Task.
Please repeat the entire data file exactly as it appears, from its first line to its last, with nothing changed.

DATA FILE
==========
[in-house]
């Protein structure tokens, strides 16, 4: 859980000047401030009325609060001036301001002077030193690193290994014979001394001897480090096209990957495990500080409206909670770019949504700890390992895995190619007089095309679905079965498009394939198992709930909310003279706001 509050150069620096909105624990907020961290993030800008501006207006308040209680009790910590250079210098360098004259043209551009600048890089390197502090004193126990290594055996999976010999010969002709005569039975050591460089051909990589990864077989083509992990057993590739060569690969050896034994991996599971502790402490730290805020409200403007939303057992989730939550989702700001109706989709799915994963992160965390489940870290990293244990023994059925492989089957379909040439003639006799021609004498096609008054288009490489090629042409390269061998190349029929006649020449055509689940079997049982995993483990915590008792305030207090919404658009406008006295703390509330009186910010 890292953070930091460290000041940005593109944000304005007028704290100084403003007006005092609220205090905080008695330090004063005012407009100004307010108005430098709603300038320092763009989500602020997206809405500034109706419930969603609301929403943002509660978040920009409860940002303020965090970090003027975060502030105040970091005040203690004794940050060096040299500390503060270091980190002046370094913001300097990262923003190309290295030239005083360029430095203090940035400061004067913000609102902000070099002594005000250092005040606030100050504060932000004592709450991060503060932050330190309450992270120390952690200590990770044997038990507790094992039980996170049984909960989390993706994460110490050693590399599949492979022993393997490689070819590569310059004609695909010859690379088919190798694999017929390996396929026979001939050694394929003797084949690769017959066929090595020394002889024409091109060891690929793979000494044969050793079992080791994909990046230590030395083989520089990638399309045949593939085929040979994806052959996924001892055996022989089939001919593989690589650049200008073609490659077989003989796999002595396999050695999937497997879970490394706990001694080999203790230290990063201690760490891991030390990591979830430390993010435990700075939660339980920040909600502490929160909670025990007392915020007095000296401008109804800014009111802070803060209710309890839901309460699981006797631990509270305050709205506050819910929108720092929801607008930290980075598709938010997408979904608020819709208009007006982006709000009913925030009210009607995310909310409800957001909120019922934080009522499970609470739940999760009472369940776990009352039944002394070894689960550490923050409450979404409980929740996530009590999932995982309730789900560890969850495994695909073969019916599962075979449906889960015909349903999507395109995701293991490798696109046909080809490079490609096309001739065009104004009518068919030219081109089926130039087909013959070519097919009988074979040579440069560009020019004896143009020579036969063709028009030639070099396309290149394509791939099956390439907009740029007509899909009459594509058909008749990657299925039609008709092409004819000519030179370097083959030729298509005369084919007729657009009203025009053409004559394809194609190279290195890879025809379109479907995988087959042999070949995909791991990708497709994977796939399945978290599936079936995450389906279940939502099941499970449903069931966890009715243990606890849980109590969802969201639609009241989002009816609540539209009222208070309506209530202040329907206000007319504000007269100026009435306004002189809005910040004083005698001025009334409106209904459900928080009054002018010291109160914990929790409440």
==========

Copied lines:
[in-house]
């Protein structure tokens, strides 16, 4: 859980000047401030009325609060001036301001002077030193690193290994014979001394001897480090096209990957495990500080409206909670770019949504700890390992895995190619007089095309679905079965498009394939198992709930909310003279706001 509050150069620096909105624990907020961290993030800008501006207006308040209680009790910590250079210098360098004259043209551009600048890089390197502090004193126990290594055996999976010999010969002709005569039975050591460089051909990589990864077989083509992990057993590739060569690969050896034994991996599971502790402490730290805020409200403007939303057992989730939550989702700001109706989709799915994963992160965390489940870290990293244990023994059925492989089957379909040439003639006799021609004498096609008054288009490489090629042409390269061998190349029929006649020449055509689940079997049982995993483990915590008792305030207090919404658009406008006295703390509330009186910010 890292953070930091460290000041940005593109944000304005007028704290100084403003007006005092609220205090905080008695330090004063005012407009100004307010108005430098709603300038320092763009989500602020997206809405500034109706419930969603609301929403943002509660978040920009409860940002303020965090970090003027975060502030105040970091005040203690004794940050060096040299500390503060270091980190002046370094913001300097990262923003190309290295030239005083360029430095203090940035400061004067913000609102902000070099002594005000250092005040606030100050504060932000004592709450991060503060932050330190309450992270120390952690200590990770044997038990507790094992039980996170049984909960989390993706994460110490050693590399599949492979022993393997490689070819590569310059004609695909010859690379088919190798694999017929390996396929026979001939050694394929003797084949690769017959066929090595020394002889024409091109060891690929793979000494044969050793079992080791994909990046230590030395083989520089990638399309045949593939085929040979994806052959996924001892055996022989089939001919593989690589650049200008073609490659077989003989796999002595396999050695999937497997879970490394706990001694080999203790230290990063201690760490891991030390990591979830430390993010435990700075939660339980920040909600502490929160909670025990007392915020007095000296401008109804800014009111802070803060209710309890839901309460699981006797631990509270305050709205506050819910929108720092929801607008930290980075598709938010997408979904608020819709208009007006982006709000009913925030009210009607995310909310409800957001909120019922934080009522499970609470739940999760009472369940776990009352039944002394070894689960550490923050409450979404409980929740996530009590999932995982309730789900560890969850495994695909073969019916599962075979449906889960015909349903999507395109995701293991490798696109046909080809490079490609096309001739065009104004009518068919030219081109089926130039087909013959070519097919009988074979040579440069560009020019004896143009020579036969063709028009030639070099396309290149394509791939099956390439907009740029007509899909009459594509058909008749990657299925039609008709092409004819000519030179370097083959030729298509005369084919007729657009009203025009053409004559394809194609190279290195890879025809379109479907995988087959042999070949995909791991990708497709994977796939399945978290599936079936995450389906279940939502099941499970449903069931966890009715243990606890849980109590969802969201639609009241989002009816609540539209009222208070309506209530202040329907206000007319504000007269100026009435306004002189809005910040004083005698001025009334409106209904459900928080009054002018010291109160914990929790409440």